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Re: [ARSCLIST] Digital Audio Preservation Question

At 06:05 PM 2008-04-06, Tom Fine wrote:
I can't see how a lossy format like MP3 is even considered "archival." It should be discouraged as a preservation file format. I'm not sure lossless compressed formats are a good idea either, given the likelihood of more valuable content packed per disc drive, location, workstation, etc and simple probability thus making the data more vulnerable. Storage is cheap. Overlapping redundent storage is what I'd consider Digital Archiving 101, and included in that would be avoiding source-degrading things like lossy file formats. What I recommend to all my clients is, do the transfers high-resolution. Do your processing high-resolution. If you choose to save a final processed copy in lower resolution or lossy format, that's fine but keep the original transfer, it's worth a few hundred extra dollars per year in hard drives.

Hello, Tom,

The original poster explained that the files they were being given to archive were only available in MP3. While that may be a poor choice and the archivist can encourage the originating party to originate in WAV in the future, the fact of the matter is that people originate material that is deemed worthy of archiving on:
- MP3 originals (even the SD722 can do that along with FLAC and WAV)
- Microcassettes
- Stuzzi Memocord cassettes (rim drive)
- Minicassettes (rim drive)
- Standard cassettes
- Standard cassettes on broken recorders that are worse than rim drive

Need I go on. Unfortunately, the archivists are at the end of the pipeline and they need to make intelligent decisions about how to archive what they are given.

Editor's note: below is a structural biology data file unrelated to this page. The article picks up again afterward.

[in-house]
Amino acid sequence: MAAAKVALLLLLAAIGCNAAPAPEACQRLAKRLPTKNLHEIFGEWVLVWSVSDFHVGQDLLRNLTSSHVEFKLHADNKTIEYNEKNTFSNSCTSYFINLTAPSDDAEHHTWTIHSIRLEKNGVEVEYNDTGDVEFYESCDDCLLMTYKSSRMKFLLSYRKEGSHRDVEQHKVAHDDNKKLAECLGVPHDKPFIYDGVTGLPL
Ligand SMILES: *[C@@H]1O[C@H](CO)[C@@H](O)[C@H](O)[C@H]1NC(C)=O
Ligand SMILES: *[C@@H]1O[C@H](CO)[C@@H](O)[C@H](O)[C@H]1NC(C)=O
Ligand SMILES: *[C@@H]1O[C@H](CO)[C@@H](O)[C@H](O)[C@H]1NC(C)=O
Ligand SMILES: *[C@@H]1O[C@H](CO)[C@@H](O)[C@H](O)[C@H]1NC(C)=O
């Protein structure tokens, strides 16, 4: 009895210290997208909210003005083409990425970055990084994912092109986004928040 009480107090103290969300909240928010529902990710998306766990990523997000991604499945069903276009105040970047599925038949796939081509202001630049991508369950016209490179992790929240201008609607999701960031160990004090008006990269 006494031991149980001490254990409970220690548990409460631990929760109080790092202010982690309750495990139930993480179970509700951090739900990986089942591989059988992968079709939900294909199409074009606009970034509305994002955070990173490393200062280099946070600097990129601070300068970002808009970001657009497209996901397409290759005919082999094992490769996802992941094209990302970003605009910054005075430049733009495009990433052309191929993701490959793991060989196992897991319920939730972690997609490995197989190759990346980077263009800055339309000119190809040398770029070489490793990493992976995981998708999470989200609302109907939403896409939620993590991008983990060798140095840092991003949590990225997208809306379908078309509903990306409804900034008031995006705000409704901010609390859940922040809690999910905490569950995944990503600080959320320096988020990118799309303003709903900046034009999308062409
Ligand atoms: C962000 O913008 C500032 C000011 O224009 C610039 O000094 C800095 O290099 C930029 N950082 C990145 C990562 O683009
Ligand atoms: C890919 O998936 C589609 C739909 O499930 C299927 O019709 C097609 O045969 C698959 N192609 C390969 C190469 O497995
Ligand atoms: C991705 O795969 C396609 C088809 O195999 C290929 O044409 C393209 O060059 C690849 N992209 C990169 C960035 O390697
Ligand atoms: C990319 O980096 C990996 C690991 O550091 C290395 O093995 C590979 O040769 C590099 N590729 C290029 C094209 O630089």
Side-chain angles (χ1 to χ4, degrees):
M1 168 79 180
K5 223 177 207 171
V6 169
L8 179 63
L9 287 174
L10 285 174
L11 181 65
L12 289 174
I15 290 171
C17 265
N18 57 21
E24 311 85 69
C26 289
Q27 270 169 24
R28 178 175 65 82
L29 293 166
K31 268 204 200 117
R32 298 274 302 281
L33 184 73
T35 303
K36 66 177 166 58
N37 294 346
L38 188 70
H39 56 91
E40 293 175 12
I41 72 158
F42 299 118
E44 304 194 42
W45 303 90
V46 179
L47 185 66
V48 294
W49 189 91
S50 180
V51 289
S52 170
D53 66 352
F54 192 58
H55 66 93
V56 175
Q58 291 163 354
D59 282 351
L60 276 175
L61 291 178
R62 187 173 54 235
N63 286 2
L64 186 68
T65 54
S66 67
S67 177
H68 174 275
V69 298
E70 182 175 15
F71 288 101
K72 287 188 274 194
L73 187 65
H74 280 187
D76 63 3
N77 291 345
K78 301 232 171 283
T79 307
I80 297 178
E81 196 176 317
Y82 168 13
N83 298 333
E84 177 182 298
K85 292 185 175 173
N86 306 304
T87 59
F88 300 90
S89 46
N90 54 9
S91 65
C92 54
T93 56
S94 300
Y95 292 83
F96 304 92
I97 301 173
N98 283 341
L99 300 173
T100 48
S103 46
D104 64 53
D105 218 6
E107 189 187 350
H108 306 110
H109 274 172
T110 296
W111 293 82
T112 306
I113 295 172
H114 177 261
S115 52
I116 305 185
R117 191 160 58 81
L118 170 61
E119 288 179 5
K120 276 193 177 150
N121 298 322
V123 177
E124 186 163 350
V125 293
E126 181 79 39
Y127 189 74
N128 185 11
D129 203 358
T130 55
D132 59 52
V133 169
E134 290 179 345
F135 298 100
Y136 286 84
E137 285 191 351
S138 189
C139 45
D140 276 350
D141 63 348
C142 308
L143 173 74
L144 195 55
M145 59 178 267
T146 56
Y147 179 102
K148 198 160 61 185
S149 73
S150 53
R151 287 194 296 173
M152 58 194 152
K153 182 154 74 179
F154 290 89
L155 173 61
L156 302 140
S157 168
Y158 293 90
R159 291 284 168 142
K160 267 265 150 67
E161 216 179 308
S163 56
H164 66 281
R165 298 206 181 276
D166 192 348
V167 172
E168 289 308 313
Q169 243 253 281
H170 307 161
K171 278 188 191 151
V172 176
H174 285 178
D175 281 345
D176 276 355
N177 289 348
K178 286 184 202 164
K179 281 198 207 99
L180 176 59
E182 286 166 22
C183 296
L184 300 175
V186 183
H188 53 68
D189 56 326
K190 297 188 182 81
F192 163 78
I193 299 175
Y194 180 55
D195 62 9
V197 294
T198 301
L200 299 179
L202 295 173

No, MP3 would not be what I would recommend to archive in, but if I were given files to archive and I was comfortable that the archiving entity would commit to carrying MP3 files forward as common file formats evolve, I would store the original MP3 files.

Others may feel that bumping up is mandatory, but I think it all depends on the committment from the trusted digital repository.

I think IASA TC-04 says to bump up, but I don't have time to look it up right now. I would certainly bump up some of the oddball compression formats from digital recorder pens or even the standardized

Here is what I wrote about DSS (the Olympus format) and others in August 2006



-- Tom Fine

----- Original Message ----- From: "Mike Richter" <mrichter@xxxxxxx>
To: <ARSCLIST@xxxxxxxxxxxxxxxx>
Sent: Sunday, April 06, 2008 4:55 PM
Subject: Re: [ARSCLIST] Digital Audio Preservation Question

Martha Horan wrote:

I'm a library school student working on a digital repository project for a
course on digital preservation.  My group and I have audio files from a
nearby archive that we plan to ingest into the D-Space repository.  A large
portion of the files that we received are in the lossy Ogg Vorbis and MP3
formats.  The archive received the material from the donor in this way.
Finding the right way to preserve the mainly born digital materials has been
a challenge.

We are trying to figure out the best practice for this situation.  Do we
want to preserve how the files came to us and only put Ogg Vorbis or MP3
files in the repository, making those files the Preservation Masters?

Or do we want Wav files as well, to have a lossless copy of the files?  Then
we would have a combination of both the original and lossless files as the
Preservation Masters.

It is my understanding, however, that it is bad practice to have a file
compression that goes from lossy to lossless.  Would the Wav file then not
be considered preservation?

Or if we input enough preservation metadata to record the compression change
that happened to the file, is the Wav (and the lossy to lossless
compression) acceptable as a Preservation Master, accompanied by the
original lossy file format?

The losses of a lossy format cannot be recovered. Decompressing to WAV will preserve the sound as you received it, but so will a copy of the original file. The only reason to decompress would be for editing. If you intend to process the files in any way, the edited result should be saved in a lossless format so that the losses are not compounded.


Richard L. Hess email: richard@xxxxxxxxxxxxxxx
Aurora, Ontario, Canada (905) 713 6733 1-877-TAPE-FIX
Detailed contact information: http://www.richardhess.com/tape/contact.htm
Quality tape transfers -- even from hard-to-play tapes.

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